Particularly in more serious cases, employers should lay criminal charges as well as instituting disciplinary proceedings. Criminal courts are imposing hefty deterrent sentences, and the Labour Court has confirmed that laying charges does not prejudice the simultaneous disciplinary process.

Minimum sentences apply

Firstly, minimum sentencing provisions apply when large amounts have been stolen. Even first offenders must be sentenced to a minimum of 15 years’ imprisonment for any fraud or theft involving more than R500,000 (R100,000 for persons acting together or R10,000 for law enforcement officers) unless “substantial and compelling circumstances exist which justify the imposition of a lesser sentence”.

Let’s look at some recent cases –

  • 50 years for a R537m theft: Over some two decades of employment in a position of trust as an accountant, an employee admitted to 336 counts relating to thefts totalling an astonishing R537m. She had tried to cover up with fraudulent VAT claims and although her lavish lifestyle (she spent R5m on one specific day) attracted attention, it seems that it was only an anonymous tip off that eventually led to her detection and arrest. She was sentenced by a Specialised Commercial Crimes Court (SCCC) to 50 years behind bars.
  • 10 years for a R13.4m fraud: A creditor’s clerk, once again in a position of trust, pleaded guilty to 972 counts of fraud totalling over R13.4m and stretching over 9 years, only discovered when she went on sick leave. The mitigating factors in her case (she has health issues and is 65 years old) led the High Court to reduce her 15-year sentence to a below-the-minimum 10 years.
  • 18 years for a R14m theft: A financial manager stole over R14m, leaving the couple who had trusted him with their finances without their life savings (including a cancer diagnosis payout) and on their knees financially and emotionally. The Court’s sentence of 3 years more than the minimum reflected its finding that the aggravating factors justified removing the manager from society, despite his gambling addiction and previous clean record.
  • 15 to 30 years for a R52m fraud? A trusted store accountant “viewed as a brother” by its traumatised owners (one of whom even contemplated suicide), admitted to two counts of fraud totalling R52m as a result of his gambling addiction. He will only be sentenced in March, but it seems from media reports that he is unlikely to receive less than the minimum 15 years’ imprisonment per count, possibly to run concurrently.
The Labour Court confirms you can do both

A municipal manager with 15 years’ service was criminally charged with very serious frauds. He asked the Labour Court to stop his employer’s disciplinary process against him, arguing that in defending himself at the disciplinary hearing he might have to give self-incriminating evidence.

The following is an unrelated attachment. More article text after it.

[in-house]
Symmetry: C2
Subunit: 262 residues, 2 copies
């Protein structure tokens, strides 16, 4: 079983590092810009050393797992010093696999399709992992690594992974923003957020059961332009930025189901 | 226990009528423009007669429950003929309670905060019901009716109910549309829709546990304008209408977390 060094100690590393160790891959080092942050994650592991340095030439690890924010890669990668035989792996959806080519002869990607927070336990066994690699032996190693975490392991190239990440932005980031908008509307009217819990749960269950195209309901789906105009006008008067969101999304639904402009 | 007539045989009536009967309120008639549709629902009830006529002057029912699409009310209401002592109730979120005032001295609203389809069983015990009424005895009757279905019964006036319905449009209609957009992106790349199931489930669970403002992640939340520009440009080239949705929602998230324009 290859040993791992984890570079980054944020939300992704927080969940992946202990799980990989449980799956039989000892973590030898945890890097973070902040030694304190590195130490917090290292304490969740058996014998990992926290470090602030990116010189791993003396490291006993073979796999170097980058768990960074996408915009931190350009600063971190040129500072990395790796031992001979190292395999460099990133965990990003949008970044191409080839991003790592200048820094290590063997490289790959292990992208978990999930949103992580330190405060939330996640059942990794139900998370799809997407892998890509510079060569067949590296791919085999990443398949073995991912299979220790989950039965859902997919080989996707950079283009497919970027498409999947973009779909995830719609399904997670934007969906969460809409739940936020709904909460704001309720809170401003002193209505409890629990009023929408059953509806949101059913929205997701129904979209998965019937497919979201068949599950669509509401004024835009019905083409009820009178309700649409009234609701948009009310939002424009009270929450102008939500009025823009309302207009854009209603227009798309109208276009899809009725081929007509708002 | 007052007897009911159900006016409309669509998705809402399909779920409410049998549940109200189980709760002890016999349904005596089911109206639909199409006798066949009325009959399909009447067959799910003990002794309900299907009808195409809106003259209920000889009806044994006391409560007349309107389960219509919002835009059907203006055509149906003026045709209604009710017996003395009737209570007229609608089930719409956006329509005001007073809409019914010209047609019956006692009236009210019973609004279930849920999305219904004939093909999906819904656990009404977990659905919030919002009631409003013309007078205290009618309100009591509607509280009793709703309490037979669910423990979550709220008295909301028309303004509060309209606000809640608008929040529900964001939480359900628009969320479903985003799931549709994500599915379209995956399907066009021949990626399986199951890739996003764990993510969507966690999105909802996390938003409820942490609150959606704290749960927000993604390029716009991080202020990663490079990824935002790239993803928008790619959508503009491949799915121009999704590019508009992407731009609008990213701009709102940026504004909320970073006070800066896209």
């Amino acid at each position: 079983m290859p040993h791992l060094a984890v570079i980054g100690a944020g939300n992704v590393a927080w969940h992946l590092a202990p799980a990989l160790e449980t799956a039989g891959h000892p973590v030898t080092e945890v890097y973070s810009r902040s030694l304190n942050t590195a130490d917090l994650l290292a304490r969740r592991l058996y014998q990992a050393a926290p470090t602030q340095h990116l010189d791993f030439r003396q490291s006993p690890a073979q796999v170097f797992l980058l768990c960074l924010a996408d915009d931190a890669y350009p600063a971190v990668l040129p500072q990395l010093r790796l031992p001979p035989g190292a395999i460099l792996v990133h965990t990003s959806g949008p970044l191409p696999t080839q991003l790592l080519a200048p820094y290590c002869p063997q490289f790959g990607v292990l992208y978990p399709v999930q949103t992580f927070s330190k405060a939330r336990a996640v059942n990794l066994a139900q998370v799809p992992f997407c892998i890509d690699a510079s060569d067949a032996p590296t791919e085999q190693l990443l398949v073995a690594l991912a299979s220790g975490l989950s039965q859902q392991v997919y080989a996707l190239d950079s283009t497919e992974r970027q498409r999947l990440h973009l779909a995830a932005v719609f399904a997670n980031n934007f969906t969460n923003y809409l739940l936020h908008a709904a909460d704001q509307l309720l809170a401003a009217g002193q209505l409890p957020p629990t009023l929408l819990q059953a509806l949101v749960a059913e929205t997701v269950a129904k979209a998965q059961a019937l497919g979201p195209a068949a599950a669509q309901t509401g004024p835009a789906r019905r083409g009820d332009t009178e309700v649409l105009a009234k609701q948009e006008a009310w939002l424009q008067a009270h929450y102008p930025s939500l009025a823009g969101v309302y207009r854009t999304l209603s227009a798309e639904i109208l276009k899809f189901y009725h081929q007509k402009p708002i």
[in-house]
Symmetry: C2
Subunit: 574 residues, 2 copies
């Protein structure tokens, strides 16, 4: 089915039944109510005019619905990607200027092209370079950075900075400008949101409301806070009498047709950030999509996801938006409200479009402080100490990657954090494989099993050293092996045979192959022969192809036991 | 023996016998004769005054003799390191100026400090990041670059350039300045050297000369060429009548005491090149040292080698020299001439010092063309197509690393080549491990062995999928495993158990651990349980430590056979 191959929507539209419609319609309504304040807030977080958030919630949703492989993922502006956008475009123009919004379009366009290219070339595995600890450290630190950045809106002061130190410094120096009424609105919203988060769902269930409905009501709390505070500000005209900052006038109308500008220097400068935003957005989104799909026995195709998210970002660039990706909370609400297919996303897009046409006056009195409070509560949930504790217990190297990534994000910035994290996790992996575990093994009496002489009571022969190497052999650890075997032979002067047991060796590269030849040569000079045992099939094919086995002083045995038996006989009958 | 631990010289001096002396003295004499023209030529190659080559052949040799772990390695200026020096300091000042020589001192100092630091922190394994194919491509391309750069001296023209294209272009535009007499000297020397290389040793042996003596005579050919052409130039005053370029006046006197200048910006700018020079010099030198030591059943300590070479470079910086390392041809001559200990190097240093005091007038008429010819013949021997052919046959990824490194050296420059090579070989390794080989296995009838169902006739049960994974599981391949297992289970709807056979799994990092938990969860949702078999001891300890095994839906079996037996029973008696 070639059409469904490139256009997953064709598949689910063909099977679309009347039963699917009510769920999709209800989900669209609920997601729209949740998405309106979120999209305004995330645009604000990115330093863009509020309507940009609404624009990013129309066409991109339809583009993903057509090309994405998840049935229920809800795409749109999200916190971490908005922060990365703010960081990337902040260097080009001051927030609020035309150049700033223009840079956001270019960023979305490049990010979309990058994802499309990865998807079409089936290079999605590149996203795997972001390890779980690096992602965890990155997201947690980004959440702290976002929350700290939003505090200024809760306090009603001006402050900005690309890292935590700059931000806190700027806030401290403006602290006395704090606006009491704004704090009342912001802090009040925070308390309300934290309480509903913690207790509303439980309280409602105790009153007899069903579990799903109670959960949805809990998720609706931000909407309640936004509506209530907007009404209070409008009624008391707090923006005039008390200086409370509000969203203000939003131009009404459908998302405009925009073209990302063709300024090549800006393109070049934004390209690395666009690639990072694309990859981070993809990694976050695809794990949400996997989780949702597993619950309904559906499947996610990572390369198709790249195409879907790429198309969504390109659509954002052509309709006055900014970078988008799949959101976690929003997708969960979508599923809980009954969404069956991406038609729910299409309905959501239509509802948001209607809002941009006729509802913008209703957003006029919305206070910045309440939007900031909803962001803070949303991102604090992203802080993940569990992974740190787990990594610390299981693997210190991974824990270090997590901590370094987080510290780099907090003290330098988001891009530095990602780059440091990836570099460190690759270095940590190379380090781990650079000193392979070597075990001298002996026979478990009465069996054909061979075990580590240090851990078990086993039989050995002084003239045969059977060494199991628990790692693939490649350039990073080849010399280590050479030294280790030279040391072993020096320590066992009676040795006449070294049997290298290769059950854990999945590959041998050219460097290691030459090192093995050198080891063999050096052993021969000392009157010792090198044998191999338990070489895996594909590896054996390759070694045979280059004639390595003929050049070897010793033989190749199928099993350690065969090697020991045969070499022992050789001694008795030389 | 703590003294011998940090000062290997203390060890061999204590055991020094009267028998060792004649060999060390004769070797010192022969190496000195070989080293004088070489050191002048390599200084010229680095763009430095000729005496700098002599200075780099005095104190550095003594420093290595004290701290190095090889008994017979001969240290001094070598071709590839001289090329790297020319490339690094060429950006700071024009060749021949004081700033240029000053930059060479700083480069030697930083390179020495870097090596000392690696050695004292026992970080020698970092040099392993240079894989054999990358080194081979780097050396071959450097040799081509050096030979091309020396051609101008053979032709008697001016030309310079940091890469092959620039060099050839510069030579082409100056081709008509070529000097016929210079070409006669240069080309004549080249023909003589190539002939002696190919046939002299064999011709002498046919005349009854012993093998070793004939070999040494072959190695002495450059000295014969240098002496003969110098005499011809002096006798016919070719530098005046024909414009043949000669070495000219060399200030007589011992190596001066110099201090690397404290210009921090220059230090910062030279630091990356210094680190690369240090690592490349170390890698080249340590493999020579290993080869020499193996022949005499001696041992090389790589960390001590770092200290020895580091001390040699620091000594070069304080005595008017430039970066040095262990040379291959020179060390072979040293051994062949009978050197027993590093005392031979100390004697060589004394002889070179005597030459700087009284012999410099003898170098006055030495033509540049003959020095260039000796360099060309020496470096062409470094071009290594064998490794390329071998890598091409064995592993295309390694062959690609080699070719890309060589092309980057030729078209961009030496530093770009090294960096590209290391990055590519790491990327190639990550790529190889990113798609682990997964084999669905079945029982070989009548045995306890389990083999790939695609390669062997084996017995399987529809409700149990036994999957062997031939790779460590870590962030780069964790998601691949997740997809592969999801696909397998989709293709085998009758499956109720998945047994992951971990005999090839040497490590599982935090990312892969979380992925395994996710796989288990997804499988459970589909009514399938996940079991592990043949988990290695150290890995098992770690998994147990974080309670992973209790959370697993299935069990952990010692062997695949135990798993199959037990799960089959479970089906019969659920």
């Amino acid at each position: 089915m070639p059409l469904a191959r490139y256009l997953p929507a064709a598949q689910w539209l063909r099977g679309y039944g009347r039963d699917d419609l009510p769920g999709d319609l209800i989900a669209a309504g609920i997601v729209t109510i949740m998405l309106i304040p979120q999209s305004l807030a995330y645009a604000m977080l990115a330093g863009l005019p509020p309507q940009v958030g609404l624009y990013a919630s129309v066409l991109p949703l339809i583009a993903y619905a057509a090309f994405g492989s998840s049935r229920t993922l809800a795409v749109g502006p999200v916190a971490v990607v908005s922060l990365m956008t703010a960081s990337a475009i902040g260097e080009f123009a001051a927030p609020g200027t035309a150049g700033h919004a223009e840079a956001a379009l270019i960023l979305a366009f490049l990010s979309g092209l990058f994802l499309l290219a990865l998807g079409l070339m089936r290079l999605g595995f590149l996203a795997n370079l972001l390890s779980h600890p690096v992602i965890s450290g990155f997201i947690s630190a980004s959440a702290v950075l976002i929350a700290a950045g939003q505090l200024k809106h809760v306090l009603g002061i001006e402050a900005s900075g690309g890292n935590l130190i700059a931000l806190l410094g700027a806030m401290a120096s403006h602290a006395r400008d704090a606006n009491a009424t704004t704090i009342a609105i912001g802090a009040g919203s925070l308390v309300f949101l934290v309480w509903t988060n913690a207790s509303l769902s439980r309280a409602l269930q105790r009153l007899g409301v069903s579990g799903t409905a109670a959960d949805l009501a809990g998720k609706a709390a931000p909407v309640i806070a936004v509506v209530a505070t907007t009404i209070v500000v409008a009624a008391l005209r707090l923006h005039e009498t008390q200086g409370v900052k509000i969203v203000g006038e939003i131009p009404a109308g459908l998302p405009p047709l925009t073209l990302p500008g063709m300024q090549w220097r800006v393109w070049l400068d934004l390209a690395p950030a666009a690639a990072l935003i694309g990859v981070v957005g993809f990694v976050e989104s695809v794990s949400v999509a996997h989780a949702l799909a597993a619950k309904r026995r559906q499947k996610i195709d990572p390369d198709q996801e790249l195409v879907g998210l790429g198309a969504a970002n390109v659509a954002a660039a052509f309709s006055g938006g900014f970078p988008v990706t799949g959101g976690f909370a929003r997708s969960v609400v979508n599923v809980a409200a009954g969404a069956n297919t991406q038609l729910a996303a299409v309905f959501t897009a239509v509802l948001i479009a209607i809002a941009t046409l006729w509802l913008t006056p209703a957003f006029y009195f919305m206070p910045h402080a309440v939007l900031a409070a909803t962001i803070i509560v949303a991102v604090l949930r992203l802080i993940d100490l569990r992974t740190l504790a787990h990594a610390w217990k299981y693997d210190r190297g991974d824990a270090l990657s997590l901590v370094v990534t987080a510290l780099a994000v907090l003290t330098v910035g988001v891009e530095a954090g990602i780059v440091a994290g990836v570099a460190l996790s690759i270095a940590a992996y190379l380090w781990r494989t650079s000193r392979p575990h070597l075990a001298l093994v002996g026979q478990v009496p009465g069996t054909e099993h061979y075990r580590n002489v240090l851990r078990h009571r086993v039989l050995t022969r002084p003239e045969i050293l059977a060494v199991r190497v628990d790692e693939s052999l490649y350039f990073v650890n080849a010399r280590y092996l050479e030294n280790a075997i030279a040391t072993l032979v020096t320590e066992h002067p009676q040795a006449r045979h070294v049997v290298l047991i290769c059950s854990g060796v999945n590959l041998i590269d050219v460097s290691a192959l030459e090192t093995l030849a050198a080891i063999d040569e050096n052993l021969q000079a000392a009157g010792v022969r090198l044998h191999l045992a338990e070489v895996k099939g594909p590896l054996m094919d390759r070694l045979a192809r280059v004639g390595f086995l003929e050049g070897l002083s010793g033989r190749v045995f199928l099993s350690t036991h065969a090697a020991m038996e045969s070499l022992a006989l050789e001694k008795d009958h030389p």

The Labour Court disagreed, finding that the employee had several layers of protection available to him in the criminal trial, and clearing the employer to proceed with the disciplinary hearing simultaneously. In fact, said the Court, “It is tantamount to an abuse of court process by a person holding a managerial position using court processes to prevent his employer from subjecting him to a disciplinary process under the guise of protecting his constitutional rights.” It accordingly ordered him to pay all costs on the punitive attorney and client scale – a very unusual censure in labour law matters where both sides are normally left to cover their own costs.

Disclaimer: The information provided herein should not be used or relied on as professional advice. No liability can be accepted for any errors or omissions nor for any loss or damage arising from reliance upon any information herein. Always contact your professional adviser for specific and detailed advice.

© LawDotNews

Moonlighting Without Consent is Misconduct – A Firing Offence

Moonlighting Without Consent is Misconduct – A Firing Offence

“…moonlighting as a matter of principle is unacceptable…” (extract from judgment)

Up to a quarter of all middle-class South Africans are reported to “moonlight”, that is to run a part-time side hustle or side business in addition to their full-time jobs. Some, it seems, go one step further and manage to hold down two full-time jobs simultaneously. No doubt the pandemic-accelerated increase in remote working has enabled that trend as much as financial pressures on employees have fuelled it.

But, as the Labour Court has once again confirmed, moonlighting without permission risks instant dismissal.

“Juggling two jobs” leads to dismissal after an anonymous tip off
  • A “highly qualified and academic” employee held down two part-time lecturing jobs, one with a university. The university had consented to this arrangement, so all was well at that stage.
  • However, she thereafter elected to resign from her second part-time job and to take up full-time employment as a lecturer “in a senior position of trust and responsibility” with the university at an annual salary package of R787,520. Almost immediately after that she took on another full-time job as an accounts director at a data consultancy, this time at an annual salary of R1,100,004. Critically, this time she did so without seeking the university’s authority to do so.
  • We will never know whether or not the employee might perhaps have got away with juggling these two full-time jobs for any length of time, because after only a month an anonymous tip-off put an abrupt end to her scheme.
  • The university convened a disciplinary hearing and she was dismissed after being found guilty of gross misconduct for taking up a second full-time position without the university’s knowledge or authority, in breach of her duty of good faith to the university and of its “Policy on the Declaration of Interests”.